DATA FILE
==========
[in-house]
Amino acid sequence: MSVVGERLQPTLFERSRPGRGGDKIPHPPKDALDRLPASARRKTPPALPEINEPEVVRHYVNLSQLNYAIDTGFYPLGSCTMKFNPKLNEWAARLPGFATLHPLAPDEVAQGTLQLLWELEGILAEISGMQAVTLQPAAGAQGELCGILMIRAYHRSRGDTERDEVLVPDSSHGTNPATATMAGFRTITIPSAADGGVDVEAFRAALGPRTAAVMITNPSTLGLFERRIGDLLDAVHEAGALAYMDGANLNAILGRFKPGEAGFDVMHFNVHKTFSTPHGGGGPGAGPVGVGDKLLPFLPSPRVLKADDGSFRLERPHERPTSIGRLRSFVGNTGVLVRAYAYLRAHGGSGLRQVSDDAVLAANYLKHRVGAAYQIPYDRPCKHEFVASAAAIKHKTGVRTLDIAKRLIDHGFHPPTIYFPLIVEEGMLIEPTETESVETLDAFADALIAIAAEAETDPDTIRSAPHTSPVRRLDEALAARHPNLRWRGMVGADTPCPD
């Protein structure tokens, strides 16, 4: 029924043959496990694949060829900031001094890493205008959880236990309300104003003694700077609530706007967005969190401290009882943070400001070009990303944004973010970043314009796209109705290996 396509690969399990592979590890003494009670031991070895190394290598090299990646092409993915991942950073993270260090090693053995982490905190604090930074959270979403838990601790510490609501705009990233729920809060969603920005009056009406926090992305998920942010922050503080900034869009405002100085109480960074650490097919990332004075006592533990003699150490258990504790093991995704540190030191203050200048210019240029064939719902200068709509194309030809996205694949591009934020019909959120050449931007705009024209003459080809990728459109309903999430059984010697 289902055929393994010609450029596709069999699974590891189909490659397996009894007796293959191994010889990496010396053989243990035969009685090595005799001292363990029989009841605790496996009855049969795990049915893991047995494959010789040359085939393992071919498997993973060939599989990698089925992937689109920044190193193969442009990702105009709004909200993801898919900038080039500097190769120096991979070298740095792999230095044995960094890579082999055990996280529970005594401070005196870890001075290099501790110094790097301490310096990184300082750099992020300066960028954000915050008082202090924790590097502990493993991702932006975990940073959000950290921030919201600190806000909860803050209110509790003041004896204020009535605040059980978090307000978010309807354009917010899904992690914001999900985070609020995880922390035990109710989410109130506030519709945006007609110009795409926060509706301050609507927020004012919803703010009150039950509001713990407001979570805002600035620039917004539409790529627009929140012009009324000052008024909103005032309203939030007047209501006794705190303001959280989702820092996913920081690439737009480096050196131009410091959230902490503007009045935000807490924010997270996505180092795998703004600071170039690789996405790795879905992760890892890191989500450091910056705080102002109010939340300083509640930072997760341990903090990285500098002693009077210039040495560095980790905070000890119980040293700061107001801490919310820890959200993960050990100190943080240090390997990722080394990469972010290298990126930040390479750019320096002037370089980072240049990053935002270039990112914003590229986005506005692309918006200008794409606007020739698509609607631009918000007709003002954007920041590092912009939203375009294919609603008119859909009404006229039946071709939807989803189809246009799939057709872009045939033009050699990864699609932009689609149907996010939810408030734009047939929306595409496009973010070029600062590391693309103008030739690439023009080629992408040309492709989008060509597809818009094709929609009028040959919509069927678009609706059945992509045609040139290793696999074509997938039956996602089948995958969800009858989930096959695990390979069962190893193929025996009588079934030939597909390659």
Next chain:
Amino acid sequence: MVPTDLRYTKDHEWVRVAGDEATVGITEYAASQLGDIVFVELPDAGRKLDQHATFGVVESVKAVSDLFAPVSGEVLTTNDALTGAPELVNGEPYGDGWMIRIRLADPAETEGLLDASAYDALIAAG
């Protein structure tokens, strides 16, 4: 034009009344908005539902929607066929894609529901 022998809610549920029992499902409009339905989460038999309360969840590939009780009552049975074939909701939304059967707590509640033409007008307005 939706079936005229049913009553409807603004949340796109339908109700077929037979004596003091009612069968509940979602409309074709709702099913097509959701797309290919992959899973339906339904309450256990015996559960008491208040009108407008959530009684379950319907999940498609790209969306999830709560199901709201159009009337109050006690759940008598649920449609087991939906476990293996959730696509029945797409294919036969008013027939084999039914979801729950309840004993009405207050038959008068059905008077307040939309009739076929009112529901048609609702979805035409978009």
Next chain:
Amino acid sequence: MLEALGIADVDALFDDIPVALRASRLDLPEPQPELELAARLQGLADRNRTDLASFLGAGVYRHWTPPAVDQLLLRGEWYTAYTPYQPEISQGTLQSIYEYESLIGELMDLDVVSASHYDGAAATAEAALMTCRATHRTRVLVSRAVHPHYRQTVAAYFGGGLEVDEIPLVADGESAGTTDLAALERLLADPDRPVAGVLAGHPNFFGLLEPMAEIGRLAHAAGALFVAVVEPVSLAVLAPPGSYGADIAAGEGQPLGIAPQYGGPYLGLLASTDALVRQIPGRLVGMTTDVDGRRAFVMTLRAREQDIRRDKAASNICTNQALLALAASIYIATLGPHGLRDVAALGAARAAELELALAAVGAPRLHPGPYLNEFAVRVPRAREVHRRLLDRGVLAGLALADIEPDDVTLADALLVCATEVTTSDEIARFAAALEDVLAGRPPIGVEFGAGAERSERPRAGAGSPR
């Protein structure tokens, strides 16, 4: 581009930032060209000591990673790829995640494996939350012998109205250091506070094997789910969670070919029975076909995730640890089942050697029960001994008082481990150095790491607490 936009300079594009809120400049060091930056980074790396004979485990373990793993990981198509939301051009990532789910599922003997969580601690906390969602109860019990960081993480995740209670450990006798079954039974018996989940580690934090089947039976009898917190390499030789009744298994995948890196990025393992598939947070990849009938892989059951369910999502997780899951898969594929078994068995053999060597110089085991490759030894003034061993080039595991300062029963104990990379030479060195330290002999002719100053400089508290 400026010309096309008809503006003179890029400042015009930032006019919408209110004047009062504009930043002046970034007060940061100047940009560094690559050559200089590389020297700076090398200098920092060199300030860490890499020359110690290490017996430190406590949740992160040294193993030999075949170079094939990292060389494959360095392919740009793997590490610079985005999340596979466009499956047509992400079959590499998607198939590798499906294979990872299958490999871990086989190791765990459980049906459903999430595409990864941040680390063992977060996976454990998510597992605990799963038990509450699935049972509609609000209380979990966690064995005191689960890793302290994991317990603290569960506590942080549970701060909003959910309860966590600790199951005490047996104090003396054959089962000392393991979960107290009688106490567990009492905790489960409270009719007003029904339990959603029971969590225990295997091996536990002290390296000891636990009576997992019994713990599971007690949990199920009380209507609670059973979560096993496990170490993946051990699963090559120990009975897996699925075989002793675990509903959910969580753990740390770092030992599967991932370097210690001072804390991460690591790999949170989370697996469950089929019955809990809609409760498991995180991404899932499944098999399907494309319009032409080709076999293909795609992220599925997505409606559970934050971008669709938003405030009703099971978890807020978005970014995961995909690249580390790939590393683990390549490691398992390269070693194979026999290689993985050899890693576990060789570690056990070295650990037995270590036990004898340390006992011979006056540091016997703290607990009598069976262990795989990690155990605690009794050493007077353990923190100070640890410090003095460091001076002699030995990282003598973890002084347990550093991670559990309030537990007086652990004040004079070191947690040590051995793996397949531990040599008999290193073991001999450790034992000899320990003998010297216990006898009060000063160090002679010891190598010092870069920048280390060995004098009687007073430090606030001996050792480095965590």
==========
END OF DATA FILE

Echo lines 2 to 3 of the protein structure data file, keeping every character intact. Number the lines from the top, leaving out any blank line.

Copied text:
Amino acid sequence: MSVVGERLQPTLFERSRPGRGGDKIPHPPKDALDRLPASARRKTPPALPEINEPEVVRHYVNLSQLNYAIDTGFYPLGSCTMKFNPKLNEWAARLPGFATLHPLAPDEVAQGTLQLLWELEGILAEISGMQAVTLQPAAGAQGELCGILMIRAYHRSRGDTERDEVLVPDSSHGTNPATATMAGFRTITIPSAADGGVDVEAFRAALGPRTAAVMITNPSTLGLFERRIGDLLDAVHEAGALAYMDGANLNAILGRFKPGEAGFDVMHFNVHKTFSTPHGGGGPGAGPVGVGDKLLPFLPSPRVLKADDGSFRLERPHERPTSIGRLRSFVGNTGVLVRAYAYLRAHGGSGLRQVSDDAVLAANYLKHRVGAAYQIPYDRPCKHEFVASAAAIKHKTGVRTLDIAKRLIDHGFHPPTIYFPLIVEEGMLIEPTETESVETLDAFADALIAIAAEAETDPDTIRSAPHTSPVRRLDEALAARHPNLRWRGMVGADTPCPD
């Protein structure tokens, strides 16, 4: 029924043959496990694949060829900031001094890493205008959880236990309300104003003694700077609530706007967005969190401290009882943070400001070009990303944004973010970043314009796209109705290996 396509690969399990592979590890003494009670031991070895190394290598090299990646092409993915991942950073993270260090090693053995982490905190604090930074959270979403838990601790510490609501705009990233729920809060969603920005009056009406926090992305998920942010922050503080900034869009405002100085109480960074650490097919990332004075006592533990003699150490258990504790093991995704540190030191203050200048210019240029064939719902200068709509194309030809996205694949591009934020019909959120050449931007705009024209003459080809990728459109309903999430059984010697 289902055929393994010609450029596709069999699974590891189909490659397996009894007796293959191994010889990496010396053989243990035969009685090595005799001292363990029989009841605790496996009855049969795990049915893991047995494959010789040359085939393992071919498997993973060939599989990698089925992937689109920044190193193969442009990702105009709004909200993801898919900038080039500097190769120096991979070298740095792999230095044995960094890579082999055990996280529970005594401070005196870890001075290099501790110094790097301490310096990184300082750099992020300066960028954000915050008082202090924790590097502990493993991702932006975990940073959000950290921030919201600190806000909860803050209110509790003041004896204020009535605040059980978090307000978010309807354009917010899904992690914001999900985070609020995880922390035990109710989410109130506030519709945006007609110009795409926060509706301050609507927020004012919803703010009150039950509001713990407001979570805002600035620039917004539409790529627009929140012009009324000052008024909103005032309203939030007047209501006794705190303001959280989702820092996913920081690439737009480096050196131009410091959230902490503007009045935000807490924010997270996505180092795998703004600071170039690789996405790795879905992760890892890191989500450091910056705080102002109010939340300083509640930072997760341990903090990285500098002693009077210039040495560095980790905070000890119980040293700061107001801490919310820890959200993960050990100190943080240090390997990722080394990469972010290298990126930040390479750019320096002037370089980072240049990053935002270039990112914003590229986005506005692309918006200008794409606007020739698509609607631009918000007709003002954007920041590092912009939203375009294919609603008119859909009404006229039946071709939807989803189809246009799939057709872009045939033009050699990864699609932009689609149907996010939810408030734009047939929306595409496009973010070029600062590391693309103008030739690439023009080629992408040309492709989008060509597809818009094709929609009028040959919509069927678009609706059945992509045609040139290793696999074509997938039956996602089948995958969800009858989930096959695990390979069962190893193929025996009588079934030939597909390659």